The ability to holistically optimize the whole business is a key benefit of the convergence of OT and IT: the idea of "reductionism" that has previously governed any talk of automation suggests that any complete system can be reduced and understood by dividing the entire asset into its individual components. As petroleum engineers, this is a neat and tidy way of thinking, but not an accurate one, because often the valuation and optimization of an asset is much more complex with each component of the larger whole being interdependent on each other both internally and externally to the system. Converging OT and IT allows for an increased ability to optimize systems and assets that are interdependent on many components and can help understand and manage interactions between the components.

You will learn how to:

  • Explain what the drivers for the convergence of OT and IT are
  • Describe a sensor platform
  • Explain how humans can interact with the emerging digital field environment
  • Recognize the use of sensors in the oilfield
  • Describe the concept of ‘digital twins’
  • Describe the use of the control system, Supervisory control, and data acquisition (SCADA), in the oilfield
  • Describe how enterprise architecture provides a blueprint for an effective IT strategy
  • Recognize the importance of Internet of things (IoT) devices to connect and exchange data with other devices and systems
  • Explain the concept of ‘systems of systems’


Digital Oilfield Challenges, Barriers to Adoption, and Risks 

In this skill module, we cover the enabling technology and IT infrastructure aspects of the digital oilfield through an understanding of the history of how the digital oilfield evolved (five stages of digitization), the importance of a good data foundation, challenges in the adoption of digital solutions, and the threat from cybersecurity malware.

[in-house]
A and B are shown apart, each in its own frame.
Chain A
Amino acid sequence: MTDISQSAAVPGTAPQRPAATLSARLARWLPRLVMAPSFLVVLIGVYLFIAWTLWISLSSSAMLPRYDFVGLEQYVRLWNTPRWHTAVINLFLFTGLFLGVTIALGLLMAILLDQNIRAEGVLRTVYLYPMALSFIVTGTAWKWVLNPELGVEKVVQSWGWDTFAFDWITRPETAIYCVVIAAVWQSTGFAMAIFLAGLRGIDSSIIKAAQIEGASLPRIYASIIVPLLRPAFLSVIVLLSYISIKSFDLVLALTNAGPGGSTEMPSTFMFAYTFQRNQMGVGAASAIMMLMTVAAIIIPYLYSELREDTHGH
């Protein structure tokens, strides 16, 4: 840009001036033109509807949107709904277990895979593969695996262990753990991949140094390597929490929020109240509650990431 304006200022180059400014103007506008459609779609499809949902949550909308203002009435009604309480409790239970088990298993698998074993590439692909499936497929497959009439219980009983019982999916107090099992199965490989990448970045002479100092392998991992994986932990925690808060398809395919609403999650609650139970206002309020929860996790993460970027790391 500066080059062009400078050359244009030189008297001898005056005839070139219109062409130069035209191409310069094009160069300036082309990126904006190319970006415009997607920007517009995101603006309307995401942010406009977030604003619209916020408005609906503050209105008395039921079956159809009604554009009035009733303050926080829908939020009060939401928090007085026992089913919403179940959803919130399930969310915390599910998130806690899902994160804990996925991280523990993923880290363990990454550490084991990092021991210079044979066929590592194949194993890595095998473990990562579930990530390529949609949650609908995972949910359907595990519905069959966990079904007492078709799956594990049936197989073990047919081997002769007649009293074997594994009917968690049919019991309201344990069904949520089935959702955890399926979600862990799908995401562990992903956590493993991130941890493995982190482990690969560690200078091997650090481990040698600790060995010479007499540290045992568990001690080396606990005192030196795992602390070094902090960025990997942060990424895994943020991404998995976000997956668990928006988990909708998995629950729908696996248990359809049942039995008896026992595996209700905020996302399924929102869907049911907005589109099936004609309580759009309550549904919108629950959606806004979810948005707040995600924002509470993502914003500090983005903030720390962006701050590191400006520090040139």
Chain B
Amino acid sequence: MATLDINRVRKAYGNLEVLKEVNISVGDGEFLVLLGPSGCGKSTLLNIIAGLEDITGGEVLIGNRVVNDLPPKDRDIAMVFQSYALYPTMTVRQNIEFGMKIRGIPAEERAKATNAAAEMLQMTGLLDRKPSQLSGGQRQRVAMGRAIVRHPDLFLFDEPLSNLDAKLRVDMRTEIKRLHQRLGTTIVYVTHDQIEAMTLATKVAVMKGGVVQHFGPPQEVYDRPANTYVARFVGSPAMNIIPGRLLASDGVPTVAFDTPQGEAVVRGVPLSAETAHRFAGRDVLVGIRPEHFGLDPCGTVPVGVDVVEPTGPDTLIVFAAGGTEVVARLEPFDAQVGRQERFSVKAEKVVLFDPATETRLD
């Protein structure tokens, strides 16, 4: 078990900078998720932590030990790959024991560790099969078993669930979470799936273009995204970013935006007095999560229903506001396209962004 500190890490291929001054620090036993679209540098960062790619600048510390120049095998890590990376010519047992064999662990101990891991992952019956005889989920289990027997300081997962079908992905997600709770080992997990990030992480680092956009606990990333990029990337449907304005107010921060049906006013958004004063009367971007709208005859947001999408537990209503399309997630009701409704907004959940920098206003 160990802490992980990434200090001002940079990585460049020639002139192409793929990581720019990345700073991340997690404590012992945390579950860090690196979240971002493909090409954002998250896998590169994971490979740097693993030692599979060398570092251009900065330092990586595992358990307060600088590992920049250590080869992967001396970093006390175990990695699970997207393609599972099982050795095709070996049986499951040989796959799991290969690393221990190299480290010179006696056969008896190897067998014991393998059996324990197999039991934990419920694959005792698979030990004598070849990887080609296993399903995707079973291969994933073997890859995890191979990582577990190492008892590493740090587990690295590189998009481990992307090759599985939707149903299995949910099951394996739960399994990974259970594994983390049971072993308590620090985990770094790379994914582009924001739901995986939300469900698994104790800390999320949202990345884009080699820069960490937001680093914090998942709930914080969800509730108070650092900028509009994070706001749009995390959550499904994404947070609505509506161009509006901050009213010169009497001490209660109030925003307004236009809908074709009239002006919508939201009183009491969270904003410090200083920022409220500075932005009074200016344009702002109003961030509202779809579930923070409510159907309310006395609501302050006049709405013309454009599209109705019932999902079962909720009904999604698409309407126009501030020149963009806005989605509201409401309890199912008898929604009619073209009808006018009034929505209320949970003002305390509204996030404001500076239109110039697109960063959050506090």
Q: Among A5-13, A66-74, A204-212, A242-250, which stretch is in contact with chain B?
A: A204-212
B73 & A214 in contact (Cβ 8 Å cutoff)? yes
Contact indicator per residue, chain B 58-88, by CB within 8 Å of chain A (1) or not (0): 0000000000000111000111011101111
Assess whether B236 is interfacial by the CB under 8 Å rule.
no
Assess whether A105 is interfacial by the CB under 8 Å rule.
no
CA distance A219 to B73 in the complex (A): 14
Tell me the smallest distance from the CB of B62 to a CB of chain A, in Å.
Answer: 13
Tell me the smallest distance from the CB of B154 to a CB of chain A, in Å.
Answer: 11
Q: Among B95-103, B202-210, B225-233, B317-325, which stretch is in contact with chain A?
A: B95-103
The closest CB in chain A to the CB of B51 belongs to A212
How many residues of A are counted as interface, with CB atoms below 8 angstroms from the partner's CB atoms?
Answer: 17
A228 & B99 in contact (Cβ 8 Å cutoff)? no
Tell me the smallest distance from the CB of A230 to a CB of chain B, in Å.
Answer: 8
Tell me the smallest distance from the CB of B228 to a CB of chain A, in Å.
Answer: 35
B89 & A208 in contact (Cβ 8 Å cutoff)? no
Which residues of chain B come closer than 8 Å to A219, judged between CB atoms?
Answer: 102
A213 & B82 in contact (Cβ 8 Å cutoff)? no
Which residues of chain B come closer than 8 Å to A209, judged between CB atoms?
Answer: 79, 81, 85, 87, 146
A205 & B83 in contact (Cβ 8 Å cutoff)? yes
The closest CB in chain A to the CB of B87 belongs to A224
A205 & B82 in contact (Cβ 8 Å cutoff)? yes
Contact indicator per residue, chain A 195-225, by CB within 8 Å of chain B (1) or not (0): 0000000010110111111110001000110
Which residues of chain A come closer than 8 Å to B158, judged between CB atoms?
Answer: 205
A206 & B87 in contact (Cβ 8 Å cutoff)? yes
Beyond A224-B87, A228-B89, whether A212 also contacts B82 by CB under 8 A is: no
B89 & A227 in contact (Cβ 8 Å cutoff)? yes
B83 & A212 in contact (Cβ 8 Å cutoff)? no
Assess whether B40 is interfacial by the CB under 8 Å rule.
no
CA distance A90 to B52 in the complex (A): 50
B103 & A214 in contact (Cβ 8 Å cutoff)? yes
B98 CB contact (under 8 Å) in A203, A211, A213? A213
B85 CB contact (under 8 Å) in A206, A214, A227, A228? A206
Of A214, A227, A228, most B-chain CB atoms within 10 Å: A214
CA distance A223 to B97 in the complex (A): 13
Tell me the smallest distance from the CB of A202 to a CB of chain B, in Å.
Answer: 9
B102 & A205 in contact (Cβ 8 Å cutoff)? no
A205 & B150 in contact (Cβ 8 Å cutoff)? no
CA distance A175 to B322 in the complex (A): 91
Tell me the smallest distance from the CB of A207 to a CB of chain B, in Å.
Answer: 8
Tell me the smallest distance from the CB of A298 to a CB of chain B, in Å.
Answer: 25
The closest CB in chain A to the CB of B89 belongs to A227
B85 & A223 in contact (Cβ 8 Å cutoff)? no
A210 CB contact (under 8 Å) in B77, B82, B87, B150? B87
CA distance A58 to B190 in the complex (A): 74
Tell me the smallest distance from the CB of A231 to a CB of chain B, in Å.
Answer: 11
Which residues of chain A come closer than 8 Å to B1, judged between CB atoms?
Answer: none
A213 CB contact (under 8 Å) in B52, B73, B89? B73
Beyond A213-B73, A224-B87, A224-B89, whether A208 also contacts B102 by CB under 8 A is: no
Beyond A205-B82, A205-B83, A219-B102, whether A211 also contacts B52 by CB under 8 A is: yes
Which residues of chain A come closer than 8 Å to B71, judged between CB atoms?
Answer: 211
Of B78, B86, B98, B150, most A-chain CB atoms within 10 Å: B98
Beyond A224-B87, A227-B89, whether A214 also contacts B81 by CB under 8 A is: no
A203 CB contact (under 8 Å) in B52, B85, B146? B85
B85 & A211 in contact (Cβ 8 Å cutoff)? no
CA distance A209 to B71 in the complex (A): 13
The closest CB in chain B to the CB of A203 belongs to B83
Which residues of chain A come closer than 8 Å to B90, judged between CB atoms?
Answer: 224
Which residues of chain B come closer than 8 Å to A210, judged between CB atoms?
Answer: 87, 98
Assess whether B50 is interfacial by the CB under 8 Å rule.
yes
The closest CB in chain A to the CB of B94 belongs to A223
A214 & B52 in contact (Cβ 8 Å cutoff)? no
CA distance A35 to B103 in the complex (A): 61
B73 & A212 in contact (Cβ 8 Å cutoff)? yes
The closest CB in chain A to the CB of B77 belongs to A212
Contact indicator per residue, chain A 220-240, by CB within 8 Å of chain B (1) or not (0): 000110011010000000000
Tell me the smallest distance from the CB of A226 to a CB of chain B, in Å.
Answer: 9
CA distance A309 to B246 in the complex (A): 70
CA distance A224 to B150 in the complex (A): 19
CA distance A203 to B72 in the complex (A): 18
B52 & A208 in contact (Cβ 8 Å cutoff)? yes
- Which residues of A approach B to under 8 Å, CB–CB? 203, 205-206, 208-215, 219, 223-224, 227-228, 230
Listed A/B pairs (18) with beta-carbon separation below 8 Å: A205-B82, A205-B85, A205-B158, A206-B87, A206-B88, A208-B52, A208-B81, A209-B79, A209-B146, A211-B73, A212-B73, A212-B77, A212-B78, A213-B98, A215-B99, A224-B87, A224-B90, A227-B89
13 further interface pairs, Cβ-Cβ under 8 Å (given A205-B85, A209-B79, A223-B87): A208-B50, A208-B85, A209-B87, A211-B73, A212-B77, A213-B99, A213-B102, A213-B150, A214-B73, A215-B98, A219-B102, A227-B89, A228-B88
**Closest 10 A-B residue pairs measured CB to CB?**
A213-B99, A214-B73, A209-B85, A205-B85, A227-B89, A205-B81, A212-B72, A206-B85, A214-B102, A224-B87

You will learn:

  • Five stages of digitization of the oilfield
  • Challenge to adoption and lessons learned
  • Physical and cybersecurity challenges


Data Foundation for the Digital Oilfield

Data is an often neglected aspect of Petroleum Data Analytics projects. We are excited to get started building a predictive model given the new artificial intelligence/ machine learning techniques but if we rush over the data profiling steps, not understanding the possible inherent bias of our data sets, we can create very sophisticated but not very useful models. Remember the old adage "garbage‐on, garbage‐out." Effective data visualization techniques can help us tell an important story with the data and highlight new insights into operational systems. But on the other hand poor data visualization methods can allow an unsuspecting analysts to "lie with data."

You will learn:

  • Current data management practices, silos, clouds and lakes
  • The truth about drilling and field sensors
  • Data visualization and communications challenges (data storytelling)


The Future of the Digital Oilfield

There will be many factors that will influence the future of oil and gas operations, including technology trends, economics, market forces and demand for oil and gas products. What will the future digital oilfield look like? What will be the role of the future petroleum engineer? There are not right or wrong answers to this question and many factors that today are uncertain. But the best way to predict the future is to invent it.

You will learn:

  • Emerging trends in digital technology
  • Integrated operations and minimally manned facilities
  • The role of digital twins and artificial intelligence (AI), automation and autonomy